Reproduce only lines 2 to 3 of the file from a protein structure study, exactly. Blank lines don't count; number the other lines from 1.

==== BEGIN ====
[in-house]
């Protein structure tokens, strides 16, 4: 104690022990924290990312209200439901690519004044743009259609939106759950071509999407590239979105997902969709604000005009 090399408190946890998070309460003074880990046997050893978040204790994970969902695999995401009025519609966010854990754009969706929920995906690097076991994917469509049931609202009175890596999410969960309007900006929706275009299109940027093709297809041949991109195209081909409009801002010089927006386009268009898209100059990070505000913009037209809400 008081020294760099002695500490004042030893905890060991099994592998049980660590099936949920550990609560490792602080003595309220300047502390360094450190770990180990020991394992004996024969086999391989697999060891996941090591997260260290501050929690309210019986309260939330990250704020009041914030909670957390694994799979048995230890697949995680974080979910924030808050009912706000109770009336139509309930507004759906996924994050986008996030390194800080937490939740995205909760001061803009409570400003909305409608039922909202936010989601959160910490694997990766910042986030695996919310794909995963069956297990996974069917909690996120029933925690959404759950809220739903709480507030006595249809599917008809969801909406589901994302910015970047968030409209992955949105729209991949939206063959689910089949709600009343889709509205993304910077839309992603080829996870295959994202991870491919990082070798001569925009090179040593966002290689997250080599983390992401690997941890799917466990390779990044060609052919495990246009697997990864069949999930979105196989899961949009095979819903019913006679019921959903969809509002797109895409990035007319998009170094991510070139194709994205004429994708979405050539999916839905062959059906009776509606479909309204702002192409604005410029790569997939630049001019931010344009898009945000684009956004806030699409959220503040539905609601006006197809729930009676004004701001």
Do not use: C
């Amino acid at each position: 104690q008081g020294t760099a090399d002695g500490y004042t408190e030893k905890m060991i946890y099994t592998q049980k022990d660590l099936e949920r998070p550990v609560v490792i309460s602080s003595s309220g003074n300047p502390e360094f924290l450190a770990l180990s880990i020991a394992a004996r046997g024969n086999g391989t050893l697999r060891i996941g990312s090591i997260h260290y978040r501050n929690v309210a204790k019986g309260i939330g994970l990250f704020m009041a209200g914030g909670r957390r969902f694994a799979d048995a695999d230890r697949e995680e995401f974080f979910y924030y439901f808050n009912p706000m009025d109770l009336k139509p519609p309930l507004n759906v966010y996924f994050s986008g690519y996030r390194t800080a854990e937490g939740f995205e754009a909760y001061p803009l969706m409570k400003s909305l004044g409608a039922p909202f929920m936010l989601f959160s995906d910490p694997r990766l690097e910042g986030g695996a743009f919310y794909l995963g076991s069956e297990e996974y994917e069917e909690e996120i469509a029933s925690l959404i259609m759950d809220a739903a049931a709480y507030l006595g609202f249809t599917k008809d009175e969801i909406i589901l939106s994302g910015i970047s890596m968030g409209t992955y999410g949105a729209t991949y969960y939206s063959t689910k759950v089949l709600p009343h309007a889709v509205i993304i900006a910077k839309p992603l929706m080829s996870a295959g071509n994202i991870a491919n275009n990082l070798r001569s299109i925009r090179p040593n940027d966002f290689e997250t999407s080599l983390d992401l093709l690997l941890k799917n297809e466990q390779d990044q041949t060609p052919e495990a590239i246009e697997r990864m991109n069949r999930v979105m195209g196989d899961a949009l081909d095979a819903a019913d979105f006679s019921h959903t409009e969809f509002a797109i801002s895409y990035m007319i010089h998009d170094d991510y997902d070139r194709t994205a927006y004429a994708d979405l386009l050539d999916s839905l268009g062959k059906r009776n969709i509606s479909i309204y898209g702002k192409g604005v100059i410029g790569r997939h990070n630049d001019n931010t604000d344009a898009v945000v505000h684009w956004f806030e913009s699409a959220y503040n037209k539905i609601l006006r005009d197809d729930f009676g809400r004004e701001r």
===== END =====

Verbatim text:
């Protein structure tokens, strides 16, 4: 104690022990924290990312209200439901690519004044743009259609939106759950071509999407590239979105997902969709604000005009 090399408190946890998070309460003074880990046997050893978040204790994970969902695999995401009025519609966010854990754009969706929920995906690097076991994917469509049931609202009175890596999410969960309007900006929706275009299109940027093709297809041949991109195209081909409009801002010089927006386009268009898209100059990070505000913009037209809400 008081020294760099002695500490004042030893905890060991099994592998049980660590099936949920550990609560490792602080003595309220300047502390360094450190770990180990020991394992004996024969086999391989697999060891996941090591997260260290501050929690309210019986309260939330990250704020009041914030909670957390694994799979048995230890697949995680974080979910924030808050009912706000109770009336139509309930507004759906996924994050986008996030390194800080937490939740995205909760001061803009409570400003909305409608039922909202936010989601959160910490694997990766910042986030695996919310794909995963069956297990996974069917909690996120029933925690959404759950809220739903709480507030006595249809599917008809969801909406589901994302910015970047968030409209992955949105729209991949939206063959689910089949709600009343889709509205993304910077839309992603080829996870295959994202991870491919990082070798001569925009090179040593966002290689997250080599983390992401690997941890799917466990390779990044060609052919495990246009697997990864069949999930979105196989899961949009095979819903019913006679019921959903969809509002797109895409990035007319998009170094991510070139194709994205004429994708979405050539999916839905062959059906009776509606479909309204702002192409604005410029790569997939630049001019931010344009898009945000684009956004806030699409959220503040539905609601006006197809729930009676004004701001």
Do not use: C